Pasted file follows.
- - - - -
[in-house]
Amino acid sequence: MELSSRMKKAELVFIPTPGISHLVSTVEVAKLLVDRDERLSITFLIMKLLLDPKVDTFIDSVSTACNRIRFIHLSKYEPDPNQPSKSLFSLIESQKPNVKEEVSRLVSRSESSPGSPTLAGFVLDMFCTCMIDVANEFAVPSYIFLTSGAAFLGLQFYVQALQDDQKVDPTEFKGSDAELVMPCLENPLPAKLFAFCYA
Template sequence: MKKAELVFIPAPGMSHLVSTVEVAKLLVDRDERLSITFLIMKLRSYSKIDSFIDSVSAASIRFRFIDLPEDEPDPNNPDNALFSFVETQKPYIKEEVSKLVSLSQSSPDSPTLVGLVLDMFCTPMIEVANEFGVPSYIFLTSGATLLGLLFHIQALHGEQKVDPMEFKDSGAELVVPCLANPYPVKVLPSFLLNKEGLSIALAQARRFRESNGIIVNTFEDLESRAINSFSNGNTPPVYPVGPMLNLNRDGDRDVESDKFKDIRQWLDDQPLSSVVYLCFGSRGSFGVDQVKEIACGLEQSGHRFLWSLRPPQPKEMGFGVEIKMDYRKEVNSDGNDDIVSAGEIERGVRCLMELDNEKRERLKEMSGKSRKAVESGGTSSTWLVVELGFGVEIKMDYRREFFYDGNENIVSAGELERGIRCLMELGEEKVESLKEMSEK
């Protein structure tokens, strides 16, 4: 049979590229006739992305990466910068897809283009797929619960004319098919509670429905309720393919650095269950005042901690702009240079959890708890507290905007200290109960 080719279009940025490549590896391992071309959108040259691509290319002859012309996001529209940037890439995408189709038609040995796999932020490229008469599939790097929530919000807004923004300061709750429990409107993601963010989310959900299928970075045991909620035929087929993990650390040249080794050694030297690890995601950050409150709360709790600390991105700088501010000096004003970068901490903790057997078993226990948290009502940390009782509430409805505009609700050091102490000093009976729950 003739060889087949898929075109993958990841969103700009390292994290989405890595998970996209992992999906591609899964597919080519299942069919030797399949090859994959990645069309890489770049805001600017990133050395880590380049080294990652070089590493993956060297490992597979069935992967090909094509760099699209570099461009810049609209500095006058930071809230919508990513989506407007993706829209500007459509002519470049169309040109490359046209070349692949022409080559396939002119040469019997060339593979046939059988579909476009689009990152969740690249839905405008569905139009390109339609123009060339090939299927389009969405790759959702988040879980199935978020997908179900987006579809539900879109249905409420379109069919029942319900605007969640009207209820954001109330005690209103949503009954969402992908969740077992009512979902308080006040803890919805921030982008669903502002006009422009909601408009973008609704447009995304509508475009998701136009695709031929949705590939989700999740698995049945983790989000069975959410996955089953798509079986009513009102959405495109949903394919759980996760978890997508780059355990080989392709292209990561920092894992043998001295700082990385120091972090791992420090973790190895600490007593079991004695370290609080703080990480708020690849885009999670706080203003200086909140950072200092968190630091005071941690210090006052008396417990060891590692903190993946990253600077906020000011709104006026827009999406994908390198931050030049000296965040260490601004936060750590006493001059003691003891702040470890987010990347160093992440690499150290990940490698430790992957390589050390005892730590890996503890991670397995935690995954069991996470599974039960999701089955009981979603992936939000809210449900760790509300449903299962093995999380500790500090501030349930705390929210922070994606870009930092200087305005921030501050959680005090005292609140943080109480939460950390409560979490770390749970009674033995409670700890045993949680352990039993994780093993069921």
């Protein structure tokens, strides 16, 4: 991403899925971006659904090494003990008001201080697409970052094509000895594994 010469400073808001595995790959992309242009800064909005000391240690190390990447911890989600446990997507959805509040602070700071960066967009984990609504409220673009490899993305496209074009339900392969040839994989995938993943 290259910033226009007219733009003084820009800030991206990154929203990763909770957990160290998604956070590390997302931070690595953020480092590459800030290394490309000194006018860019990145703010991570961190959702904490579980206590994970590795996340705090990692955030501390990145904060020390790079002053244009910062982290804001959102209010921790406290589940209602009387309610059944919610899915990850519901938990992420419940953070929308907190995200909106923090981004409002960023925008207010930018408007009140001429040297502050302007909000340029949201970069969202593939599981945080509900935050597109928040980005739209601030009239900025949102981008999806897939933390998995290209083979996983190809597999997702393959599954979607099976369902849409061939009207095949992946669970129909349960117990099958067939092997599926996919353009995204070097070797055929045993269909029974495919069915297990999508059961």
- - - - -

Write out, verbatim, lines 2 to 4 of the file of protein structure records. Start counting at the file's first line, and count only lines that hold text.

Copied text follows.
Amino acid sequence: MELSSRMKKAELVFIPTPGISHLVSTVEVAKLLVDRDERLSITFLIMKLLLDPKVDTFIDSVSTACNRIRFIHLSKYEPDPNQPSKSLFSLIESQKPNVKEEVSRLVSRSESSPGSPTLAGFVLDMFCTCMIDVANEFAVPSYIFLTSGAAFLGLQFYVQALQDDQKVDPTEFKGSDAELVMPCLENPLPAKLFAFCYA
Template sequence: MKKAELVFIPAPGMSHLVSTVEVAKLLVDRDERLSITFLIMKLRSYSKIDSFIDSVSAASIRFRFIDLPEDEPDPNNPDNALFSFVETQKPYIKEEVSKLVSLSQSSPDSPTLVGLVLDMFCTPMIEVANEFGVPSYIFLTSGATLLGLLFHIQALHGEQKVDPMEFKDSGAELVVPCLANPYPVKVLPSFLLNKEGLSIALAQARRFRESNGIIVNTFEDLESRAINSFSNGNTPPVYPVGPMLNLNRDGDRDVESDKFKDIRQWLDDQPLSSVVYLCFGSRGSFGVDQVKEIACGLEQSGHRFLWSLRPPQPKEMGFGVEIKMDYRKEVNSDGNDDIVSAGEIERGVRCLMELDNEKRERLKEMSGKSRKAVESGGTSSTWLVVELGFGVEIKMDYRREFFYDGNENIVSAGELERGIRCLMELGEEKVESLKEMSEK
């Protein structure tokens, strides 16, 4: 049979590229006739992305990466910068897809283009797929619960004319098919509670429905309720393919650095269950005042901690702009240079959890708890507290905007200290109960 080719279009940025490549590896391992071309959108040259691509290319002859012309996001529209940037890439995408189709038609040995796999932020490229008469599939790097929530919000807004923004300061709750429990409107993601963010989310959900299928970075045991909620035929087929993990650390040249080794050694030297690890995601950050409150709360709790600390991105700088501010000096004003970068901490903790057997078993226990948290009502940390009782509430409805505009609700050091102490000093009976729950 003739060889087949898929075109993958990841969103700009390292994290989405890595998970996209992992999906591609899964597919080519299942069919030797399949090859994959990645069309890489770049805001600017990133050395880590380049080294990652070089590493993956060297490992597979069935992967090909094509760099699209570099461009810049609209500095006058930071809230919508990513989506407007993706829209500007459509002519470049169309040109490359046209070349692949022409080559396939002119040469019997060339593979046939059988579909476009689009990152969740690249839905405008569905139009390109339609123009060339090939299927389009969405790759959702988040879980199935978020997908179900987006579809539900879109249905409420379109069919029942319900605007969640009207209820954001109330005690209103949503009954969402992908969740077992009512979902308080006040803890919805921030982008669903502002006009422009909601408009973008609704447009995304509508475009998701136009695709031929949705590939989700999740698995049945983790989000069975959410996955089953798509079986009513009102959405495109949903394919759980996760978890997508780059355990080989392709292209990561920092894992043998001295700082990385120091972090791992420090973790190895600490007593079991004695370290609080703080990480708020690849885009999670706080203003200086909140950072200092968190630091005071941690210090006052008396417990060891590692903190993946990253600077906020000011709104006026827009999406994908390198931050030049000296965040260490601004936060750590006493001059003691003891702040470890987010990347160093992440690499150290990940490698430790992957390589050390005892730590890996503890991670397995935690995954069991996470599974039960999701089955009981979603992936939000809210449900760790509300449903299962093995999380500790500090501030349930705390929210922070994606870009930092200087305005921030501050959680005090005292609140943080109480939460950390409560979490770390749970009674033995409670700890045993949680352990039993994780093993069921």